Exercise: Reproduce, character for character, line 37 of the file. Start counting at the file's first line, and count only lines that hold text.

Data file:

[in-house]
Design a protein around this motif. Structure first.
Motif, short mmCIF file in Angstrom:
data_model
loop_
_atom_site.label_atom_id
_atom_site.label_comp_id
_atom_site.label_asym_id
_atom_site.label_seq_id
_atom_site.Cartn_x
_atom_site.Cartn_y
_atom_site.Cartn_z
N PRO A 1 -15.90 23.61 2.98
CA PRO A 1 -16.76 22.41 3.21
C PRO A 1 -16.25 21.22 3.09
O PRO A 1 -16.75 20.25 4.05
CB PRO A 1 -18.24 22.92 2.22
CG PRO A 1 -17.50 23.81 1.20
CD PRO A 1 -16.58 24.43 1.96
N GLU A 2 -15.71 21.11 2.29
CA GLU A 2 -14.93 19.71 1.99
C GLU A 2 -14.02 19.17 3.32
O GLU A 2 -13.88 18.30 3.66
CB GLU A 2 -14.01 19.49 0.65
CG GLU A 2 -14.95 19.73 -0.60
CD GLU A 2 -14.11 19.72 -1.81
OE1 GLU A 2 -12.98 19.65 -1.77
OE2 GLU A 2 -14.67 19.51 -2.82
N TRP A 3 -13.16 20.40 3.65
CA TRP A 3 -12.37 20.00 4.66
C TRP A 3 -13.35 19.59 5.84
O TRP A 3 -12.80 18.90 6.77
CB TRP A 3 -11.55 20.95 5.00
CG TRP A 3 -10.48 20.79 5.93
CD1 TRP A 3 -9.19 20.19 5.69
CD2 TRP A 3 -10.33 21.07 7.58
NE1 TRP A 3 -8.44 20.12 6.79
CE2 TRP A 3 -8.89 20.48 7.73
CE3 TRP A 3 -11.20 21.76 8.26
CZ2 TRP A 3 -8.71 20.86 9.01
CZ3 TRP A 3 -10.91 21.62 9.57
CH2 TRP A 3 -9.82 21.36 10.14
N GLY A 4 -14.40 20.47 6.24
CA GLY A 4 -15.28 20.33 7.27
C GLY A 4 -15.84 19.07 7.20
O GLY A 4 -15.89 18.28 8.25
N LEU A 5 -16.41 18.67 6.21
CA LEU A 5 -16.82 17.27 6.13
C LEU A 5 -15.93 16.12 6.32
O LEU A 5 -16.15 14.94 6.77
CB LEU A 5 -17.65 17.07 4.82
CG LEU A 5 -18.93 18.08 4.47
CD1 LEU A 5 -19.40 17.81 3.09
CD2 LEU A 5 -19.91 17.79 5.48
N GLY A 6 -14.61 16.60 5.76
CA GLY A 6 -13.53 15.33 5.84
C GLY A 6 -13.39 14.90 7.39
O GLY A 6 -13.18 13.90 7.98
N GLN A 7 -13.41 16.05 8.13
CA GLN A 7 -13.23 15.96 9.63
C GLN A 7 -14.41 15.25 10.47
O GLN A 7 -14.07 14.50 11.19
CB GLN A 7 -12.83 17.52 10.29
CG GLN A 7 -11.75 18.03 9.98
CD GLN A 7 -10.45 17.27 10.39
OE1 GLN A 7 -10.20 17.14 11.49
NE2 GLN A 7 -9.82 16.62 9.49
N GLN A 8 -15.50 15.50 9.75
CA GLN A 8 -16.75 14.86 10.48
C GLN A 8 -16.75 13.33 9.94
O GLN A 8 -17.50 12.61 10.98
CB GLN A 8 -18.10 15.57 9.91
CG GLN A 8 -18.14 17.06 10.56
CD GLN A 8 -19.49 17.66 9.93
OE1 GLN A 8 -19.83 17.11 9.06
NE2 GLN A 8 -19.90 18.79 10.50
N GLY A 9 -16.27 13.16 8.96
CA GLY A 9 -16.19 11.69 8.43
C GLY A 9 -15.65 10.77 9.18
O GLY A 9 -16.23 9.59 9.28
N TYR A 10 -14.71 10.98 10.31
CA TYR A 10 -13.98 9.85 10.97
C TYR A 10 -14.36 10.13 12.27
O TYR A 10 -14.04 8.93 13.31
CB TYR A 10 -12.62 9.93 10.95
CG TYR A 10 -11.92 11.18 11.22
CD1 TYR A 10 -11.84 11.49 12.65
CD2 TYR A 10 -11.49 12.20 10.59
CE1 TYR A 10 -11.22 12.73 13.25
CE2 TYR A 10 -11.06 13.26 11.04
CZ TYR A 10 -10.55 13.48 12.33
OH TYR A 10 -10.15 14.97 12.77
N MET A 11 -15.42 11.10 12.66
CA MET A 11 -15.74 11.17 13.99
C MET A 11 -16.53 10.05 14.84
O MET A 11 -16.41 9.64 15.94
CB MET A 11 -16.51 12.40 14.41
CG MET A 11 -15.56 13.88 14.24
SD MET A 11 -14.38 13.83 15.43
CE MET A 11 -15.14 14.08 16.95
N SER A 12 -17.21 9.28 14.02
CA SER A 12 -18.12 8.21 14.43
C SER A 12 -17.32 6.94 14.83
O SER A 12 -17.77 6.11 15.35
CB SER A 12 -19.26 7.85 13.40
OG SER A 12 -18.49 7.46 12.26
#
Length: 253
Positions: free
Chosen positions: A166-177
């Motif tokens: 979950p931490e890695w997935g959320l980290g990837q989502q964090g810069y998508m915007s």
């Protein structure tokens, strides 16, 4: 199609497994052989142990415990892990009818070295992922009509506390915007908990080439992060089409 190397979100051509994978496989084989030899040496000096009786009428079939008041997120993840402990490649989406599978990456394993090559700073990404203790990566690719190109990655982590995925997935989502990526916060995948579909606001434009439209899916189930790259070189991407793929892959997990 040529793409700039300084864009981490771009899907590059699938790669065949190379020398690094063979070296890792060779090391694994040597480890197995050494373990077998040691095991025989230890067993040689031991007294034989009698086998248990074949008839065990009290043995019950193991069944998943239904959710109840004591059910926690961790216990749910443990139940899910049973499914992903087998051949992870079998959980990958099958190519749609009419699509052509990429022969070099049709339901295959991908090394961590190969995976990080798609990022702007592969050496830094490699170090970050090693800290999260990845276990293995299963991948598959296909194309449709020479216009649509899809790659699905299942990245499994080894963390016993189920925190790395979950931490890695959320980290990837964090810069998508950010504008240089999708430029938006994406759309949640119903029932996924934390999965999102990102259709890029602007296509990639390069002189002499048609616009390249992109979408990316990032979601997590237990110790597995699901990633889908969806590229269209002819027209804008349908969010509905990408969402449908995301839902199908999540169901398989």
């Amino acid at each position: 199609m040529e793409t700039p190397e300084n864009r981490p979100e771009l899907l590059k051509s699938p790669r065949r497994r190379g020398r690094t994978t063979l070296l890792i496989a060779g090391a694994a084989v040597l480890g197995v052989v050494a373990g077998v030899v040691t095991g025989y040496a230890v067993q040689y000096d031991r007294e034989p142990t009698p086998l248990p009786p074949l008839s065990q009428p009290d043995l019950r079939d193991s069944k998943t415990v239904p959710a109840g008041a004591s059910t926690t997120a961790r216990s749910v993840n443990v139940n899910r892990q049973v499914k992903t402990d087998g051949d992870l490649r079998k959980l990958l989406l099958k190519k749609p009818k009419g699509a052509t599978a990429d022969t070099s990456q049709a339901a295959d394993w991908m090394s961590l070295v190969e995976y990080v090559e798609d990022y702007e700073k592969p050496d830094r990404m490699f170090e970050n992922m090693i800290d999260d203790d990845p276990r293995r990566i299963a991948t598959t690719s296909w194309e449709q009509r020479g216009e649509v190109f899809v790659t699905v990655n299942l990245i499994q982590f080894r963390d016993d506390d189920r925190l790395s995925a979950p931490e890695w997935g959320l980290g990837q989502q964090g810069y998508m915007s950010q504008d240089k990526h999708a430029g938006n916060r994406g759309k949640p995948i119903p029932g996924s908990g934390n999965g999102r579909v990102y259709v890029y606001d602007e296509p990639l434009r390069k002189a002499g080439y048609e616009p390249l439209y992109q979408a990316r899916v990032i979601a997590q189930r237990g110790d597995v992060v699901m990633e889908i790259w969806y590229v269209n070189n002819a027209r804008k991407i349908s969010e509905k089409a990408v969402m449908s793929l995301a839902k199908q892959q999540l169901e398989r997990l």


NE1 TRP A 3 -8.44 20.12 6.79